While I won't speak for Linds (though I probably can w/ some accuracy), I tend to deliver this line w/ a combination of perplexity, exasperation, and a minute moment of utter disbelief.  

This question rises up w/in me again tonight.  Seriously, where the fuck is she?

To this day, I don't think I fully accept or grasp the fact of my reality.  Most of the time I do.  But there are these openings, these pockets where that incredulity still resides.   

Over the past week or so, I notice I'm paying more attention to the Jilly pics positioned throughout the house.  Some I stare at, allowing myself to transport back to that moment, reliving a watered down version of it it in my mind.  Others, like the one that hangs above my head in the living room right now, I find myself looking at Jill for some kind of sign or communication.  Something from her to let me know she's okay, she's in a good place.  Ridiculous, but true.

I'm tired.  I've been tired all day.  I tend to get this way when something is working at me from the inside.

I don't know what to do, or expect from tomorrow.  It's not a day like any other day.  And I don't want to treat it as such.  I won't.  I just don't have a plan.

Jill would have a plan.

All love,

J, J, & r

Friday, July 10, 2015

Stability with Smiles

When you buy your first house, there's obviously a great level of responsibility that comes along w/ it.  One of the more obvious ones being maintenance - both inside and around the property.

I am not handy and I despise yard work.  Jill, on the other hand, could handle a drill and wasn't opposed to mowing the lawn.

Thank God.

In order to tend to the house, certain materials and equipment were required to be my wife informed me w/in the first week of us living inside our vacant house in Houston.  I'm fairly certain I fought her on every purchase...w/ no real leg to stand on...

"Do we really need an automatic lawn mower?  The yard's not that big."

"A hedge trimmer - really?  Can't we just twist off the few branches that stick out?"  (I'm an idiot.)

"No way.  I'm not getting a ladder.  I'm not getting a ladder b/c I'm not getting up on a ladder."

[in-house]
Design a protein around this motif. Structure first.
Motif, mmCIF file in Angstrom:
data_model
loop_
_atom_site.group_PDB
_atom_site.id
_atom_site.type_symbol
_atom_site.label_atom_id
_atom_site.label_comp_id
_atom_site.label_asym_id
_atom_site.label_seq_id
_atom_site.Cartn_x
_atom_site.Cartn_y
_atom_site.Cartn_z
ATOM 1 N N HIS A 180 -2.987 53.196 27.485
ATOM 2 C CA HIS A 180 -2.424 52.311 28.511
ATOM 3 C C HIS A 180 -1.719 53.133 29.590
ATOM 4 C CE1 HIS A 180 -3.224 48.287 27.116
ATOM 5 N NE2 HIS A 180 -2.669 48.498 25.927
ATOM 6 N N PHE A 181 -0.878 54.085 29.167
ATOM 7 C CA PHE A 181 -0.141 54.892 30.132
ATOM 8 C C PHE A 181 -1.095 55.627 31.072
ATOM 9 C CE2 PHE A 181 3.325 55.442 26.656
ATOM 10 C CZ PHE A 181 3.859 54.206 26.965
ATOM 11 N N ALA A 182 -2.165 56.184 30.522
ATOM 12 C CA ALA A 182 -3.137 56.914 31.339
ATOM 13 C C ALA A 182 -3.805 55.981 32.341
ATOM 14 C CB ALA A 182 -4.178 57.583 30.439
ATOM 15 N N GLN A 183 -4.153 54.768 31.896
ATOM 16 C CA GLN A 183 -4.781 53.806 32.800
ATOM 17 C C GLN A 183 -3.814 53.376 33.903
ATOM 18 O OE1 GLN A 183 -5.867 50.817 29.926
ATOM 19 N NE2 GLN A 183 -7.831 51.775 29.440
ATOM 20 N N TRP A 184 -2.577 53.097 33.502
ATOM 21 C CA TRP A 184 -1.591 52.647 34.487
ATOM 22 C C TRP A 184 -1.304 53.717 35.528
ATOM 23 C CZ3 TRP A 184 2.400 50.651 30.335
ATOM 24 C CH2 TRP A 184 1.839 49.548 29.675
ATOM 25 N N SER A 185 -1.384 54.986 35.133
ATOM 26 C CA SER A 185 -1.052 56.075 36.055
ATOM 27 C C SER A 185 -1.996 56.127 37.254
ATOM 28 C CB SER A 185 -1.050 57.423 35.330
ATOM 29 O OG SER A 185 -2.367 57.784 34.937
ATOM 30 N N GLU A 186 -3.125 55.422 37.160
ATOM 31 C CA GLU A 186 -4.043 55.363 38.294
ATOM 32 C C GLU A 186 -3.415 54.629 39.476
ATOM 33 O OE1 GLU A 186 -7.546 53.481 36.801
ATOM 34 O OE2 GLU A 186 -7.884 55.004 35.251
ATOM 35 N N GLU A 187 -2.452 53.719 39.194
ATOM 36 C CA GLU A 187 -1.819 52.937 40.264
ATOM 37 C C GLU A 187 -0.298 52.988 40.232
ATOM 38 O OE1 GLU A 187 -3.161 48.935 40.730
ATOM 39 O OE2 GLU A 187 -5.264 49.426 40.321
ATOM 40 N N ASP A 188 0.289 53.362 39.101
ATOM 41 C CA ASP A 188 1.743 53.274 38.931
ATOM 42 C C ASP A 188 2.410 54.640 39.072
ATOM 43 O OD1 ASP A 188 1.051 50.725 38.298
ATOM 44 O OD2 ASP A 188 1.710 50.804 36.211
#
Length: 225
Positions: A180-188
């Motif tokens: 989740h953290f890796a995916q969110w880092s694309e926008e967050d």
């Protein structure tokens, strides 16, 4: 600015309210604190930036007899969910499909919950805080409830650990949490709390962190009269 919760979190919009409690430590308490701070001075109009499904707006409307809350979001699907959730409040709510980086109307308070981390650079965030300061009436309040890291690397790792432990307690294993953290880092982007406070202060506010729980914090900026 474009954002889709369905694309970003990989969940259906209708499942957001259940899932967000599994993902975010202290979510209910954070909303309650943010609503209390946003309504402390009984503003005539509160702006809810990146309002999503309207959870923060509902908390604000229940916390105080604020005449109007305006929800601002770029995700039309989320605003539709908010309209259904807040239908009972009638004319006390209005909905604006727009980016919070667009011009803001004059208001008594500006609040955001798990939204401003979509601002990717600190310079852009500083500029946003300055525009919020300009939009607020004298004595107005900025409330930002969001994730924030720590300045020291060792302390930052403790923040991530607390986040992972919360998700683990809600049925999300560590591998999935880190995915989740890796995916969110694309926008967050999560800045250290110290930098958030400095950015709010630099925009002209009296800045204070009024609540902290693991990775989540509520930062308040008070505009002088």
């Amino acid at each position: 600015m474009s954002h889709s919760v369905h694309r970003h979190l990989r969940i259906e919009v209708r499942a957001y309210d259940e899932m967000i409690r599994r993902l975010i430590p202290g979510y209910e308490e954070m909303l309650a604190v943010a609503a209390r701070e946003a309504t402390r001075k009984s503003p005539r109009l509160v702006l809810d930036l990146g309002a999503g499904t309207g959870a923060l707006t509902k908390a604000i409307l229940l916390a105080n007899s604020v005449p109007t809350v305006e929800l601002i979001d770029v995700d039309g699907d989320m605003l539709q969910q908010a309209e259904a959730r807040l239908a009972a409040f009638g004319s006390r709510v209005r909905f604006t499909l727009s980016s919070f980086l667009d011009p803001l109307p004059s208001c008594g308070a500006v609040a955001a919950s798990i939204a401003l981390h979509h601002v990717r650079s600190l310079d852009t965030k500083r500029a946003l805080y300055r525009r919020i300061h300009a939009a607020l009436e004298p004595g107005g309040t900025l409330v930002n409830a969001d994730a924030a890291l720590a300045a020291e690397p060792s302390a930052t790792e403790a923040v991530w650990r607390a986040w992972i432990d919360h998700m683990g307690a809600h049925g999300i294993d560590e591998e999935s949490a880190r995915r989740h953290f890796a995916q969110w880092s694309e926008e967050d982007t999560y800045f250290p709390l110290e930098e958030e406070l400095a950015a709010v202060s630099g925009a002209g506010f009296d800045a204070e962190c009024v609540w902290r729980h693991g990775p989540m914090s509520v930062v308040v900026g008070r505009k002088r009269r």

I've positioned the ladder on our slanted driveway as best I can to ensure maximum stability.  I'm climbing up toward the top, heart racing faster as each foot takes another step.  As I reach the top, I have to will myself to take that final (final?) step atop the roof.  (Apparently the gutters need cleaning.)

Well, I got up there.  And I flipped my shit.

Jill had been down below on the driveway throughout this ordeal, my one-woman-pregnant-cheerleader.  "Hey, you did it!  You're up there!"

(Is this where I inject the fact that we lived in a single-story ranch?)

"Yeah, I need to get down.  I need to get down now."

Jill could hear me cracking.  And really, externally, that was nothing.  Inside is where I was losing it.

Jilly talked me down.  I survived.

To this day, I am genuinely amazed and thoroughly impressed by anyone that can walk a roof.

So, why then would I ever consider voluntarily paying to jump out of a plane?

I've thought about that question.  And I think it has to do w/ stability...or the lack of it in certain situations.  A ladder, a tightrope, a balance beam - I never feel steady or secure in these situations.  (The truth is that I've never been on a tightrope.  I just wanted to use three examples.)

But, for some reason, the idea of stability didn't factor into my skydiving equation.

You jump.  You drop.  You parachute to safety...hopefully.

Jill gave me this generous gift before Rory was even an idea.  And as part of the package, Jill had signed herself up to go w/ me.  "I know you may not go thru w/ it if it's just you.  So, I'm making sure you do by doing it w/ you."